I can't quite believe I'm doing this - because I do love her; honest I do - but my bad classic is by Dorothy L Sayers. Not only that, it's the one set in Scotland - land of the purple liver, land of my heart forever. And not just Scotland - Galloway! Where I lived for fifteen happy years, swimming in the icy pools under waterfalls and swatting midges with fern fronds on the bonny banks and braes.I've done the literary walk around the real places used in the book. I've had a picnic at the bit of the Mennock Burn where the body tumbled into the water. Heck, I've probably been on the fateful Girvan train.
But still. The Five Red Herrings by DLS is (IMHO) a stinker.
Some of it is the dialect representation. I know a bit about this one way and another and much as it hurts to write that someone says: "The moon's none the worse for a dog's bark" when what you hear in your head is: "The meen's nane the waur fur a dug's howf" you really can't, can you? I mean it makes little enough sense in English as it is.
So the apostrophe-tastic depiction o' Sco'ish people talkin' is one thing. But the main difficulty with the Five Red Herrings is the five red herrings (and the guilty party). I think it would be possible to find six actual herrings, in a fishmonger's, that were easier to tell apart than Strachan, Fachan, Gachan, Wachan, Grachan and Fergachan.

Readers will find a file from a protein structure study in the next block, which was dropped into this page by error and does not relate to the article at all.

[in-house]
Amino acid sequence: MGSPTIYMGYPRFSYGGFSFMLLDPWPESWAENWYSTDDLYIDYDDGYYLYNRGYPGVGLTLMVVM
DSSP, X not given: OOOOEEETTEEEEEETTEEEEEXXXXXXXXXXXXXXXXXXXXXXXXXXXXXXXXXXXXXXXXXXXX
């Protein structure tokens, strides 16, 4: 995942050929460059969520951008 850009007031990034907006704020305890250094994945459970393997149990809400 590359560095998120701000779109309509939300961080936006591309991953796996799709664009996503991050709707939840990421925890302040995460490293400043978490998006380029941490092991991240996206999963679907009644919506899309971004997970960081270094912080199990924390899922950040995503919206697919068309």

I'm kidding. They're called Strachan, Farren, Gowan, Waters, Graham and Ferguson. But they're all artists and they're all exactly the same. In fact, for once I don't have any worries about spoilers slipping out because, although I've read FRH a couple of times and listened to a BBC radio dramatisation too, I still have no idea which one of them did it.
I know what you're thinking, by the way. Yes, I read it again even though it's bad. And then I listened to it in the form of a radio play too. (In fact, when I was looking for jacket photos for this blog I saw that the telly version is on youtube and I might well watch it later.) What can I say? I told you I love her.